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2008, Vol. 3 No. 2, Article 27

 

Quality Evaluation of Rogenjosh Available in Srinagar City

  Asif. H. Sofi*a, Sarfaraz A. Wania, Mir Salahuddina, A. H. Malika, M. A. Pala and Z. H. Munshib

 


a Division of Livestock Products Technology, Faculty of Veterinary Science and Animal Husbandry,
Shuhama, SK University of Agricultural Sciences & Technology of Kashmir.
b Division of Veterinary Public Health, Faculty of Veterinary Science and Animal Husbandry,
Shuhama, SK University of Agricultural Sciences & Technology of Kashmir. (SKUAST-K)

 

*Corresponding Author; Tel.: +91-9419539204;
e-mail address: sofihassanasif@yahoo.co.in

 

Part of M.V.Sc thesis submitted by corresponding author to SKUAST- K


ABSTRACT

A study was carried out to find out the quality of Rogenjosh - a traditional Kashmiri meat product, available at various outlets of Srinagar city, in terms of physico-chemical (pH, moisture, protein, ether extract and ash), microbiological (Total Viable Count, Coliform count & presence of E. coli) and sensory quality. On the basis of infrastructure and services provided, outlets were divided into High standard (HS), Medium standard (MS) and Low standard (LS) restaurants. The results for moisture (%) and ether extract (%) differed significantly (p<0.05) between the outlets whereas pH, protein (%) and ash (%) showed non-significant (p>0.05) differences. The TVC and Coliform count showed increasing trend from HS to LS type. However, E. coli was present in 16.6 % of sample, (all from LS type). The overall acceptability score of the product from HS, MS and LS was found to be 6.46 0.10, 5.90 0.12 and 6.17 0.12 respectively, on 8 point descriptive scale (8= extremely desirable, 1= extremely undesirable).

KEY WORDS

Market, Quality evaluation, Rogenjosh, Srinagar city, Traditional meat products.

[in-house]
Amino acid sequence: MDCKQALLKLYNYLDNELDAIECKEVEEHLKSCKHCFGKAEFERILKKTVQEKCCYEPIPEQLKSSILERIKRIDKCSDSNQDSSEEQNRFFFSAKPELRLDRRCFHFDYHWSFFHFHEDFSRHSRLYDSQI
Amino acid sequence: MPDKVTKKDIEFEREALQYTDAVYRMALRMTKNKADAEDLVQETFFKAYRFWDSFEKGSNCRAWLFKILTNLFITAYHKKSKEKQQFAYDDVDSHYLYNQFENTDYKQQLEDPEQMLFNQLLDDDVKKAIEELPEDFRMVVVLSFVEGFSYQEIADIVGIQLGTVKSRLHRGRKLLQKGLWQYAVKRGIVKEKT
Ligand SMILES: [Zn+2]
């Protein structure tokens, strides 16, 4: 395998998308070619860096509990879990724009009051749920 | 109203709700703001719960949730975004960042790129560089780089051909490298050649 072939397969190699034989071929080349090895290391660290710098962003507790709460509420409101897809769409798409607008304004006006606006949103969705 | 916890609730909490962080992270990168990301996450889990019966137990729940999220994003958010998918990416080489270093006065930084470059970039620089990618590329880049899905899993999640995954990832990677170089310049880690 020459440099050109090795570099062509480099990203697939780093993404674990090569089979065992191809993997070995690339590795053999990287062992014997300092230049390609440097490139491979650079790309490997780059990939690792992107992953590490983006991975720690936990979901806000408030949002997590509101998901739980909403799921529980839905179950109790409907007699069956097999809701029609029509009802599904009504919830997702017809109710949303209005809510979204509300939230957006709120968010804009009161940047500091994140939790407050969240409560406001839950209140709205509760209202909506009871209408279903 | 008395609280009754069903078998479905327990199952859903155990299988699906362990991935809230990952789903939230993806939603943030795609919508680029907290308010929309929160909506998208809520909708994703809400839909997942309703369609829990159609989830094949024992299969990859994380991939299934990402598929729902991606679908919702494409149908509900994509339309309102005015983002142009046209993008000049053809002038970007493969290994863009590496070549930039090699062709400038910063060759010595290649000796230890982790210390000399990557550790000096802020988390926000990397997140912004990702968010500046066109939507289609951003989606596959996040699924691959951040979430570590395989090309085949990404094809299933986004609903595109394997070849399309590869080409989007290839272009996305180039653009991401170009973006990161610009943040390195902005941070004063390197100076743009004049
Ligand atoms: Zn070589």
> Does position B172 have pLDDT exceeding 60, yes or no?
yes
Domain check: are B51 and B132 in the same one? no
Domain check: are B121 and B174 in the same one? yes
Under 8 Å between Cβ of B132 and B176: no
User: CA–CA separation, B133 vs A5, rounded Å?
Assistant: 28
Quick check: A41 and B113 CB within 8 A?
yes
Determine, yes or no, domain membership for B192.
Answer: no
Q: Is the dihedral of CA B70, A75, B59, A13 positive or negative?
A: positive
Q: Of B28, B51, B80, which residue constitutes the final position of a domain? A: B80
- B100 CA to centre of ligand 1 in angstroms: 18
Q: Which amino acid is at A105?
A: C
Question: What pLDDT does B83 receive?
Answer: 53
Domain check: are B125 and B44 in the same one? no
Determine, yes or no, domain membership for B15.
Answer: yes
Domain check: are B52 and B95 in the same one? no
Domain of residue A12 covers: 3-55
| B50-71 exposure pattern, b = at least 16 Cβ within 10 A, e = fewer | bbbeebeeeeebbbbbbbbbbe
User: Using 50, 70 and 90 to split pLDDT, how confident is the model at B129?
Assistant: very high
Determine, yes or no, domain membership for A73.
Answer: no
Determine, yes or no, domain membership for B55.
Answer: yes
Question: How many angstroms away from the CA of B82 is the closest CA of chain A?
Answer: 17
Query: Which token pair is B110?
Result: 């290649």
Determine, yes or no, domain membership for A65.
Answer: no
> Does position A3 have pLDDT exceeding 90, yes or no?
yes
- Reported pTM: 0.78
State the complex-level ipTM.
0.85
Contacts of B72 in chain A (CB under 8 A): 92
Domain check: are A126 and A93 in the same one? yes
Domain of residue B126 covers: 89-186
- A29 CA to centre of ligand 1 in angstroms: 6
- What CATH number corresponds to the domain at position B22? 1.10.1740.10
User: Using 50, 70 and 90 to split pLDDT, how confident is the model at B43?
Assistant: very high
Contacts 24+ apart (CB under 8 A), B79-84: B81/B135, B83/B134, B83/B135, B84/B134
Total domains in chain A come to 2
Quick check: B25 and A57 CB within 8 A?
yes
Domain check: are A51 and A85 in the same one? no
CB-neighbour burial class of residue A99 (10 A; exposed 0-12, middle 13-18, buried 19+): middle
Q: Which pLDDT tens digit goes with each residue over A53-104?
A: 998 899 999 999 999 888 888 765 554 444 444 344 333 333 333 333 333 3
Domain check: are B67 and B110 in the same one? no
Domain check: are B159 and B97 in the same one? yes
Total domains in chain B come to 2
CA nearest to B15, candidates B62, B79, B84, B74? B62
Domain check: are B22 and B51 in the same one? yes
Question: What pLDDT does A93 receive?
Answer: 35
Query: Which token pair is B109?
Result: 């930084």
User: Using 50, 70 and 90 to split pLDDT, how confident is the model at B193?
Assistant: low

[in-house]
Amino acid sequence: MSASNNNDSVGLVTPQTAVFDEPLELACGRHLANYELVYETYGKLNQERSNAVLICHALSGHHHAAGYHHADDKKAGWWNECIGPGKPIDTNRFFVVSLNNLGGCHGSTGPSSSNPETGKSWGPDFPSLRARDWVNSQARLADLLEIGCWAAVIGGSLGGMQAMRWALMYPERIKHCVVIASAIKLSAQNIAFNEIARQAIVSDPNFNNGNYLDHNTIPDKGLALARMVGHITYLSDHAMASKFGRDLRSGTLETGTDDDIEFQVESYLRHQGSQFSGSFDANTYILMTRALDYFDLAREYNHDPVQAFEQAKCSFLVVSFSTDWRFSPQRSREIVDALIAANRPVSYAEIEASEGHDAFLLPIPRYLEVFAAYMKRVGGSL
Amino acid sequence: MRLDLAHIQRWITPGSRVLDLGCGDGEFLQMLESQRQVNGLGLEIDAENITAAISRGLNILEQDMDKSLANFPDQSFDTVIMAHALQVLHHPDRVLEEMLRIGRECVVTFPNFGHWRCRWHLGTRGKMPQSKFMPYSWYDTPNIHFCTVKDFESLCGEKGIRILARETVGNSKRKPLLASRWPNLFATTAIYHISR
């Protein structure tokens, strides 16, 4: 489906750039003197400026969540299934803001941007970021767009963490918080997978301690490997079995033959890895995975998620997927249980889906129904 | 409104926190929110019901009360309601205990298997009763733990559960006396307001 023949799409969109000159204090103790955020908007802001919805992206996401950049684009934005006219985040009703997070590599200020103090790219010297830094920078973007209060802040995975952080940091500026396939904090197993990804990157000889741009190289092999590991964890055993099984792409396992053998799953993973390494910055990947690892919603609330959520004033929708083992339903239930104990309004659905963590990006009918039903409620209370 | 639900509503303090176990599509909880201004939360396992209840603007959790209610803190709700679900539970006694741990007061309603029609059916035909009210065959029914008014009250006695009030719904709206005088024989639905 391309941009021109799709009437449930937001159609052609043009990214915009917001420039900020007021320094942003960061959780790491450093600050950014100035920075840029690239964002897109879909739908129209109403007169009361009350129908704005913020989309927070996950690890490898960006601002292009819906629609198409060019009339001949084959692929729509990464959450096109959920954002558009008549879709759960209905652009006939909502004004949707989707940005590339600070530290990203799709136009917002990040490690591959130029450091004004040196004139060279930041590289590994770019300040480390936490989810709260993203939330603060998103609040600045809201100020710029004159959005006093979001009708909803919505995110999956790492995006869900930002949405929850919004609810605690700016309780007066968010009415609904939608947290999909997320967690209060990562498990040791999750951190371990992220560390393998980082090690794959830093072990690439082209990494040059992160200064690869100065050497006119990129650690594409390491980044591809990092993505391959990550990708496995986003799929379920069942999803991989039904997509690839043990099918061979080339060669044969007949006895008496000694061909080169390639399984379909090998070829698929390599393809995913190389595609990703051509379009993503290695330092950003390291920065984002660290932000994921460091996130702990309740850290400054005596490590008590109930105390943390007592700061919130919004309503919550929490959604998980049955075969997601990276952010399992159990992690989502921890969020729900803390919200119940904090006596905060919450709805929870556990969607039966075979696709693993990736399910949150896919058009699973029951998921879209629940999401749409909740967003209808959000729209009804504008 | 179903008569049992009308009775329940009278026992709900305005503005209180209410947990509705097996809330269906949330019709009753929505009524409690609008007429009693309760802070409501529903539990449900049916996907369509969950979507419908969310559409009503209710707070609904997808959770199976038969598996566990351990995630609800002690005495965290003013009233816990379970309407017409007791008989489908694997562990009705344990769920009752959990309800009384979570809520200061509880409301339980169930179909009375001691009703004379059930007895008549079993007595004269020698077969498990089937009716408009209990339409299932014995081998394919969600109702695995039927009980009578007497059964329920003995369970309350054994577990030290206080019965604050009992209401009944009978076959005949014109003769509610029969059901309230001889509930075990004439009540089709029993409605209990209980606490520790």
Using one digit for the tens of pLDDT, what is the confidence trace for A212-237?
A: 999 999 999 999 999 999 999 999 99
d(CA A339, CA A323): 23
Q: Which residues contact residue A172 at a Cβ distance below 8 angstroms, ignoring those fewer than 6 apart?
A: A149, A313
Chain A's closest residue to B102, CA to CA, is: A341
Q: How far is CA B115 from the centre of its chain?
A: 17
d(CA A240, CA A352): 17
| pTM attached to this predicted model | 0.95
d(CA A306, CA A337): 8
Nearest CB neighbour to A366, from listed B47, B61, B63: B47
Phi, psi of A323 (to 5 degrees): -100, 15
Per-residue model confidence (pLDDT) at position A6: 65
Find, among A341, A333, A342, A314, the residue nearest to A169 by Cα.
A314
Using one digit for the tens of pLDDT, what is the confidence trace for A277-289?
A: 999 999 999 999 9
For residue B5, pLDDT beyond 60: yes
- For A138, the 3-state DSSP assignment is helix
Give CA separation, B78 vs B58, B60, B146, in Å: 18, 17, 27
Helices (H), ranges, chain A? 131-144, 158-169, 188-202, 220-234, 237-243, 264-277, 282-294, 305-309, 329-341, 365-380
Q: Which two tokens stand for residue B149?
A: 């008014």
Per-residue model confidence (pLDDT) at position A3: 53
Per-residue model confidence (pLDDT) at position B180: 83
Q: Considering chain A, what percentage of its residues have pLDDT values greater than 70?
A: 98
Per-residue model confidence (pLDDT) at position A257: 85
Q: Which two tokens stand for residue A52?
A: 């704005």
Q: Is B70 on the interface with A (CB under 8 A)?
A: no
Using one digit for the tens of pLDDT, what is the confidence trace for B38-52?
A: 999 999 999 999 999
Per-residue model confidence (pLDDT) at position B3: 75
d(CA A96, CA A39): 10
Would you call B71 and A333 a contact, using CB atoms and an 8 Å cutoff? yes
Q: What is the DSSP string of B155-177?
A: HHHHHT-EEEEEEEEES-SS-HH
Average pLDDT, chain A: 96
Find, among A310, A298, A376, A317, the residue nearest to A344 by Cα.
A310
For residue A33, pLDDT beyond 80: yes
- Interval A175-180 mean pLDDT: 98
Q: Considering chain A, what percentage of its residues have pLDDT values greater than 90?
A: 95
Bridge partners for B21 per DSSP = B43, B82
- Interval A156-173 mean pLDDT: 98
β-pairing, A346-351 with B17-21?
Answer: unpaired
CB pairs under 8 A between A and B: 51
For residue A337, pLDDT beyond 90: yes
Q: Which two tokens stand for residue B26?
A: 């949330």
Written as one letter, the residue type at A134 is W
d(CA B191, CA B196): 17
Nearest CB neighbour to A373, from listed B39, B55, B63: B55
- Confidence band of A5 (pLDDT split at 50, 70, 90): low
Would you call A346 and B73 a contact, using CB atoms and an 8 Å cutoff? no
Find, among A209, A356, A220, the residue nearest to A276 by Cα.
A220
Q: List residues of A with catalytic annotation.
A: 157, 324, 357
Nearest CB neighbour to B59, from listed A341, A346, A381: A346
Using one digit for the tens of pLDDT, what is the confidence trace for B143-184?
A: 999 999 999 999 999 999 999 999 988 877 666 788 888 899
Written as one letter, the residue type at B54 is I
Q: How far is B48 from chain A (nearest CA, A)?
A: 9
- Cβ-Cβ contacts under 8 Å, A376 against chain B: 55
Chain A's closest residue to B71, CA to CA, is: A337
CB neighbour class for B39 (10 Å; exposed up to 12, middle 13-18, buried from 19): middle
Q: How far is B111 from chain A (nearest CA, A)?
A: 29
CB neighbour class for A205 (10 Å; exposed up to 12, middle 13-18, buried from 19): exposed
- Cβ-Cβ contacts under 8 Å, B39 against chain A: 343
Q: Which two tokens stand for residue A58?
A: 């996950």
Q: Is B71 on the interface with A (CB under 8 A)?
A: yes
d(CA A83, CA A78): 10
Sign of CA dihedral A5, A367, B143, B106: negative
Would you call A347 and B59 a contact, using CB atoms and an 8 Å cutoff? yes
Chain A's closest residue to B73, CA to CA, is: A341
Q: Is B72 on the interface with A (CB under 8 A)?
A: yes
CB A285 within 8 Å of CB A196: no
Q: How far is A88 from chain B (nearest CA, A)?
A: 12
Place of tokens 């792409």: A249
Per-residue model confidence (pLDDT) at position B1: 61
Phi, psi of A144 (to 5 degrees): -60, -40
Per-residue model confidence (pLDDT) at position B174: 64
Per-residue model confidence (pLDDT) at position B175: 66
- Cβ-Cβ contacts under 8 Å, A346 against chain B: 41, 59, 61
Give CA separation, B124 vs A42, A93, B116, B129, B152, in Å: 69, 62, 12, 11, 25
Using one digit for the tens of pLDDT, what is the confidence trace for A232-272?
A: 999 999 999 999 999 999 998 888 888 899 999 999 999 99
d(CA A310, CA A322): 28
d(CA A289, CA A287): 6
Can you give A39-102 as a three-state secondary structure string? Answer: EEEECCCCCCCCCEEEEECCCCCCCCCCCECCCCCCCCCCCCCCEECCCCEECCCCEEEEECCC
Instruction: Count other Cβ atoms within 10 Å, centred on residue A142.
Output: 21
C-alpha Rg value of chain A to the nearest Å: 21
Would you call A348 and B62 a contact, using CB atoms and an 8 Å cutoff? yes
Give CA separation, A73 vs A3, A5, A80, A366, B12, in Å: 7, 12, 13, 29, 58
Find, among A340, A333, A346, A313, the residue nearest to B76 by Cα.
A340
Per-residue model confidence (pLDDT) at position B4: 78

INTRODUCTION

Kashmir is well known for its traditional meat products like Rista, Kabab, Goshtaba, Korma etc collectively termed as Wazwan. Rogenjosh forms an important component of wazwan and is a non-comminuted meat product prepared from meat chunks along with bones, cooked with various spices and condiments in gravy. The demand for ready-to-eat meat products including different Wazwan products like Rogenjosh is increasing day by day due to growing awareness about their nutritional and palatability characteristics, changing socio-economic status and life style. These products also cater to the fast food requirement of a large number of domestic and foreign tourists visiting the valley. Thus these products need to be prepared hygienically so as to safe guard the health of consumers.
The present study was conducted with the objective of evaluating physico-chemical, microbiological and sensory quality of Rogenjosh available at different types of outlets in Srinagar city.

MATERIAL AND METHODS

Survey

104 restaurants available in Srinagar city were surveyed. On the basis of their infrastructure and services provided, outlets were divided in to High standard (HS), Medium standard (MS) and Low standard (LS) restaurants.

Collection

A total of 18 samples, six from each type of outlet, were collected randomly and transported to the laboratory under aseptic and chilled conditions within shortest possible time for analysis.

Laboratory Analysis